Nationality Act of 1940

Nationality Act of 1940
Great Seal of the United States
Long titleAn Act to revise and codify the nationality laws of the United States into a comprehensive nationality code.
Enacted bythe 76th United States Congress
EffectiveOctober 14, 1940
Citations
Public lawPub.L. 76–853
Statutes at Large54 Stat. 1137, Chap. 876
Legislative history

The Nationality Act of 1940 (H.R. 9980; Pub.L. 76-853; 54 Stat. 1137) revised numerous provisions of law relating to American citizenship and naturalization. It was enacted by the 76th Congress of the United States and signed into law on October 14, 1940, a year after World War II had begun in Europe, but before the U.S. entered the war.

The law revised "the existing nationality laws of the U.S. into a more complete nationality code"; it defined those persons who were "eligible for citizenship through birth or naturalization" and clarified "the status of individuals and their children born or residing in the continental U.S., its territories such as Alaska, Hawaii, Puerto Rico, the Virgin Islands, the Philippines, Panama and the Canal Zone, or abroad."[1] The law furthermore defined who was not eligible for citizenship, and how citizenship could be lost or terminated. This legislation represents the first attempt ever made, since the founding of the United States, to codify and unify all of the U.S. laws relating to nationality and naturalization.[2]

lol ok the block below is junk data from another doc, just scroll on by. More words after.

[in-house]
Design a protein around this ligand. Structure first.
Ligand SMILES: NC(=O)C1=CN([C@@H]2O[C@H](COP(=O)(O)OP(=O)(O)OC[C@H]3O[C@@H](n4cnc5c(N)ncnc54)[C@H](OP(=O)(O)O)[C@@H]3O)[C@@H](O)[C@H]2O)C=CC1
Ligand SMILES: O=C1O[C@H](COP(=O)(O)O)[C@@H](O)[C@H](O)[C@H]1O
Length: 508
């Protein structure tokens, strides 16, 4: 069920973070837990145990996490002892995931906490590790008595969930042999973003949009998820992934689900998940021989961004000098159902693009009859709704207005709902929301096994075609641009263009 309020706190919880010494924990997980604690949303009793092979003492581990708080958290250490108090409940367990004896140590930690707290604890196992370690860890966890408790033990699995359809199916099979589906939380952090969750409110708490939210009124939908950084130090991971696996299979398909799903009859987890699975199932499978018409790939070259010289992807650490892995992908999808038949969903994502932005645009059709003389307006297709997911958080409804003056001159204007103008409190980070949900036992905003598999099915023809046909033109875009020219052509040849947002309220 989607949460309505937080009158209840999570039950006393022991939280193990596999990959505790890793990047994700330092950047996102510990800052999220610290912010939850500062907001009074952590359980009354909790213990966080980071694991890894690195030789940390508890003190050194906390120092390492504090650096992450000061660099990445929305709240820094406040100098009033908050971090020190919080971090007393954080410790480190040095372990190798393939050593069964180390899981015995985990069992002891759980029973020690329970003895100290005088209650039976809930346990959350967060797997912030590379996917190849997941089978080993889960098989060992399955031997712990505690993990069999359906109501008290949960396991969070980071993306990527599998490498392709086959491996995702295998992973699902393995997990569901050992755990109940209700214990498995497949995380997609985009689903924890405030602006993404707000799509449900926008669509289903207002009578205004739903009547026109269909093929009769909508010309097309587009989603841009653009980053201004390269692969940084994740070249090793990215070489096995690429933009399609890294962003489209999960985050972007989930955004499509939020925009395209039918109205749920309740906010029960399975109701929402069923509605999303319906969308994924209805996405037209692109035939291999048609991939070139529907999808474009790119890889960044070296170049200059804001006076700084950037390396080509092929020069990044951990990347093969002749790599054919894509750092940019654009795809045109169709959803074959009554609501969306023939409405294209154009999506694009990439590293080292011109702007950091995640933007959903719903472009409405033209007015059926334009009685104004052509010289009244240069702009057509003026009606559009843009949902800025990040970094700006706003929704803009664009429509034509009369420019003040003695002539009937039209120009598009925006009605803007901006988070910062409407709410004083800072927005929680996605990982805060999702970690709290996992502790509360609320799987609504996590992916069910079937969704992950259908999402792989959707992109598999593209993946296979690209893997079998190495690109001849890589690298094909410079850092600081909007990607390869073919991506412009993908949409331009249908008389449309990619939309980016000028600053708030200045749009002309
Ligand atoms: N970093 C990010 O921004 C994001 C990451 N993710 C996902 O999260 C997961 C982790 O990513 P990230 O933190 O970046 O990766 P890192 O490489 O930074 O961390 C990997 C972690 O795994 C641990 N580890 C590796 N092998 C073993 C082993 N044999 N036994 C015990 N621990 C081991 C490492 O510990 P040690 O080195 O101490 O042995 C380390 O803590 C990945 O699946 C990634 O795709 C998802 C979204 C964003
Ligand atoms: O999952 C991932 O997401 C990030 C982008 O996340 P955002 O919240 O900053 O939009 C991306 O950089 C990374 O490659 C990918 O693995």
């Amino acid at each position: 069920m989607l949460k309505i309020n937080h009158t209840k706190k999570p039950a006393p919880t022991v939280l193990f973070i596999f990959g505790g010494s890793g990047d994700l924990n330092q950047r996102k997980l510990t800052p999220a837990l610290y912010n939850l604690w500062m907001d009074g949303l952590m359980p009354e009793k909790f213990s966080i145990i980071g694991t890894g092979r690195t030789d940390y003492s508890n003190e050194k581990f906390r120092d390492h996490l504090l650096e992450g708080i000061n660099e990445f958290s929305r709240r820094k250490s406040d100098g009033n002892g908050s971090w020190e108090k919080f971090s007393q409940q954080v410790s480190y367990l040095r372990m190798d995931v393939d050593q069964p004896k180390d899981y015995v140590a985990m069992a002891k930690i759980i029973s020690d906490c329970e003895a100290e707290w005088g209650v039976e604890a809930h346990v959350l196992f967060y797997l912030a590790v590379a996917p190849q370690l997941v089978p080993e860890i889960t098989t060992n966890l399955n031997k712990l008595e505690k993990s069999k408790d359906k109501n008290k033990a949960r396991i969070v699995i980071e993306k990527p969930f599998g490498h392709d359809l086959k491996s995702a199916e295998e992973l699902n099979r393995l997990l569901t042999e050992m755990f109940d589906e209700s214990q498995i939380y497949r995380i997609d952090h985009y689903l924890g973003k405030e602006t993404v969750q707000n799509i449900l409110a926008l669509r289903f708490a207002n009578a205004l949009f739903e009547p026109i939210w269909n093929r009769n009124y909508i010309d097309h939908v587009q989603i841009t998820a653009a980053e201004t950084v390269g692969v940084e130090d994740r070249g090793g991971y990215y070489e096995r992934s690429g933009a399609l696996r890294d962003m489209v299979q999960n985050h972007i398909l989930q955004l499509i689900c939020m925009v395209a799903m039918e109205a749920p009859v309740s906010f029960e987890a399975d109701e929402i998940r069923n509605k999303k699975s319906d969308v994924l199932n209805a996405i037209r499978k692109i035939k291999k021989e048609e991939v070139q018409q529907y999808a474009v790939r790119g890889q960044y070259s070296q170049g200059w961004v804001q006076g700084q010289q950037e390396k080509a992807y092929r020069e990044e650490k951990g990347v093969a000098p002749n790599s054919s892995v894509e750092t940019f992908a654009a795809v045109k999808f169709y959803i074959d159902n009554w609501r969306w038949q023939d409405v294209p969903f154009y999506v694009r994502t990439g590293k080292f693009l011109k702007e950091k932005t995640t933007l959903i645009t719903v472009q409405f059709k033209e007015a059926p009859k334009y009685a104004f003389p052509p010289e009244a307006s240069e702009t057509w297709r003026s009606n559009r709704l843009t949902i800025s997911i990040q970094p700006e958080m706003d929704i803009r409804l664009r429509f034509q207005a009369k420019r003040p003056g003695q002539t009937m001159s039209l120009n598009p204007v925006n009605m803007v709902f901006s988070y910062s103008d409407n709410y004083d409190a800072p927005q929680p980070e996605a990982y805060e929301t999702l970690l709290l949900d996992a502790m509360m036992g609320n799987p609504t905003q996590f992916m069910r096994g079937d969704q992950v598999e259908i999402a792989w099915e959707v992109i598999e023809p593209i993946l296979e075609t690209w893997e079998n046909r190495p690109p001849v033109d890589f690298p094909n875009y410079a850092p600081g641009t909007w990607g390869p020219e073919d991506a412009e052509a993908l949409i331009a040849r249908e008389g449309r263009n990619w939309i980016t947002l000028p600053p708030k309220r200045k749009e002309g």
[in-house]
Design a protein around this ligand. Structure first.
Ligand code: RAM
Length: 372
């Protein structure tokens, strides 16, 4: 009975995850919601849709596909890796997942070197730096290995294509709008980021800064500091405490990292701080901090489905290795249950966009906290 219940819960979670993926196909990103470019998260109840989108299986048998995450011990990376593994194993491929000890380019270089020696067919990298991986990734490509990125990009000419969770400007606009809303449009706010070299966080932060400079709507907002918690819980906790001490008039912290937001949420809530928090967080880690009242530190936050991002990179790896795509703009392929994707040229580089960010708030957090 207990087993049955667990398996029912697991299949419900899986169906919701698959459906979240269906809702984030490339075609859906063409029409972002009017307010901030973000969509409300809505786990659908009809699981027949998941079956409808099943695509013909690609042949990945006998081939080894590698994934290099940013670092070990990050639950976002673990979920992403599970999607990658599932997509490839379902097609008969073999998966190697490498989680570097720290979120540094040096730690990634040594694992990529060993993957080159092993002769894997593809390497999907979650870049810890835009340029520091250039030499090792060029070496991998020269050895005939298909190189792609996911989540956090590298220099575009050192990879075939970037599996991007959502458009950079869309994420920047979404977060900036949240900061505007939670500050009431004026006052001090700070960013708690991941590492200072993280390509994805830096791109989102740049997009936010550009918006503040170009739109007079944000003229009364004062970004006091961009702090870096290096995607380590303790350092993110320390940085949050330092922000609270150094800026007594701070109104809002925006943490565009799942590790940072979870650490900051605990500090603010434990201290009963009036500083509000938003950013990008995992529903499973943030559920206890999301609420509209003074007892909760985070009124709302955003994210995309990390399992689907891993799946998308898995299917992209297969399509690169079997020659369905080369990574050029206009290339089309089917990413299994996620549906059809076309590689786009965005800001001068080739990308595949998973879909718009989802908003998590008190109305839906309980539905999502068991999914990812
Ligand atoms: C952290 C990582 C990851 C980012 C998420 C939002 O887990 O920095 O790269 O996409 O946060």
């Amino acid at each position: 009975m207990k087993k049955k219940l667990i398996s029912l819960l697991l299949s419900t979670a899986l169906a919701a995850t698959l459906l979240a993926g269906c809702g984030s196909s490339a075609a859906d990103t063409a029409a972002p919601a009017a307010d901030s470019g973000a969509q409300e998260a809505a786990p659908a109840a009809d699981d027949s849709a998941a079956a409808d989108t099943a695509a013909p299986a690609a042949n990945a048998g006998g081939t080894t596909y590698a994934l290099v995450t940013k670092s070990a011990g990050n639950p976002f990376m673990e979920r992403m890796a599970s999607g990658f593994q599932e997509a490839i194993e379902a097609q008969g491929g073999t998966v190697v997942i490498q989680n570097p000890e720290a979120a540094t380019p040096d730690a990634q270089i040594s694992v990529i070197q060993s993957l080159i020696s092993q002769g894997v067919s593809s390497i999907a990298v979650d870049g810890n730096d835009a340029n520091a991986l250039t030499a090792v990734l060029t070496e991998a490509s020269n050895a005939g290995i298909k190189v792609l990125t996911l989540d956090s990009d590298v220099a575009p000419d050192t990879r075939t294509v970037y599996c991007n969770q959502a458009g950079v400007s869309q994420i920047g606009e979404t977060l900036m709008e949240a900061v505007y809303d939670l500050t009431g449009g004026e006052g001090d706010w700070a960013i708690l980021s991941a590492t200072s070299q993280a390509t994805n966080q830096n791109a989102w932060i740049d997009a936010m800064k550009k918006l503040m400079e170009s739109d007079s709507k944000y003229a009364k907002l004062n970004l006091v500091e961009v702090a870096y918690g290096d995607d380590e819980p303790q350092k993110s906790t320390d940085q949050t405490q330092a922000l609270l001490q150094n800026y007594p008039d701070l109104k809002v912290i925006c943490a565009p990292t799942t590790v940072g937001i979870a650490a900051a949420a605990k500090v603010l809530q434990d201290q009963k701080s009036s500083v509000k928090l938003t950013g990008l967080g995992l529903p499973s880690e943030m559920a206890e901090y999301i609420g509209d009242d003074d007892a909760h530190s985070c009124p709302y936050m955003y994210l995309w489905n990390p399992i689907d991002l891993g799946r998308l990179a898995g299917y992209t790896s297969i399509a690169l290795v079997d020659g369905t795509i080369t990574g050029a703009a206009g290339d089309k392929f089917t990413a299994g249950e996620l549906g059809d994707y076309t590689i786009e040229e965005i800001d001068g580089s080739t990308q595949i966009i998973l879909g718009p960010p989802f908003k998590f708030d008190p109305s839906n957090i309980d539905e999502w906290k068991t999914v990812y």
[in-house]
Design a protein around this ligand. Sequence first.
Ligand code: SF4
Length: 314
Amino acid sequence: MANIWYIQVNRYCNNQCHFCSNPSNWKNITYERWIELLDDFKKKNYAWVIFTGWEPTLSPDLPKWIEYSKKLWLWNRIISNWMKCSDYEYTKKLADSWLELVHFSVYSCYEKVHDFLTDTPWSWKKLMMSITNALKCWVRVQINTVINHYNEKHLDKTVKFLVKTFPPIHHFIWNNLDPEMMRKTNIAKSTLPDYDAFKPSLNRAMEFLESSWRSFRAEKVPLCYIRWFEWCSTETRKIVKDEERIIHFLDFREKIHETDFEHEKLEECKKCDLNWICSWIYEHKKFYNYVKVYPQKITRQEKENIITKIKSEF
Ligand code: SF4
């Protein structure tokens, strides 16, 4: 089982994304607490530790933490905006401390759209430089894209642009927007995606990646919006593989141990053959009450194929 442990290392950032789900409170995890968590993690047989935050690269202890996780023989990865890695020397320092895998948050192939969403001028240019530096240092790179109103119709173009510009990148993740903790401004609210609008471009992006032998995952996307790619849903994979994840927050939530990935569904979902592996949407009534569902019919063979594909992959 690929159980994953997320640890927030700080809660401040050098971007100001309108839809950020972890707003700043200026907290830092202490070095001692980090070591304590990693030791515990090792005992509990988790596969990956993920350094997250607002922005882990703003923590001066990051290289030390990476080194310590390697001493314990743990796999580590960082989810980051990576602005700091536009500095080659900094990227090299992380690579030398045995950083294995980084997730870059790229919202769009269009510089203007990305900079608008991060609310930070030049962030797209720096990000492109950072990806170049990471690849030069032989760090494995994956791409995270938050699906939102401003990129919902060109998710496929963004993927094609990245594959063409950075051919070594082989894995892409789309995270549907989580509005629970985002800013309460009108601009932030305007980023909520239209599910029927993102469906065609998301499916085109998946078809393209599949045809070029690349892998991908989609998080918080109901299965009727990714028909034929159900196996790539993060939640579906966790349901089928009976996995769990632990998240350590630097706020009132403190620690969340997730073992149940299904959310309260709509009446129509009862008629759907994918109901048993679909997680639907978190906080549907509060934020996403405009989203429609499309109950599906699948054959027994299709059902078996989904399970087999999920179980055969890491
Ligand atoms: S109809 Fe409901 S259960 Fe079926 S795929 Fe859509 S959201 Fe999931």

1. ^ Pineiro-Hall, Esther. "U. S. Immigration Law Online," 2007, accessed 1 April 2013.
  2. ^ Knight, George S. (1940). "Nationality Act of 1940". American Bar Association Journal. 26: 12. Retrieved 23 February 2016.

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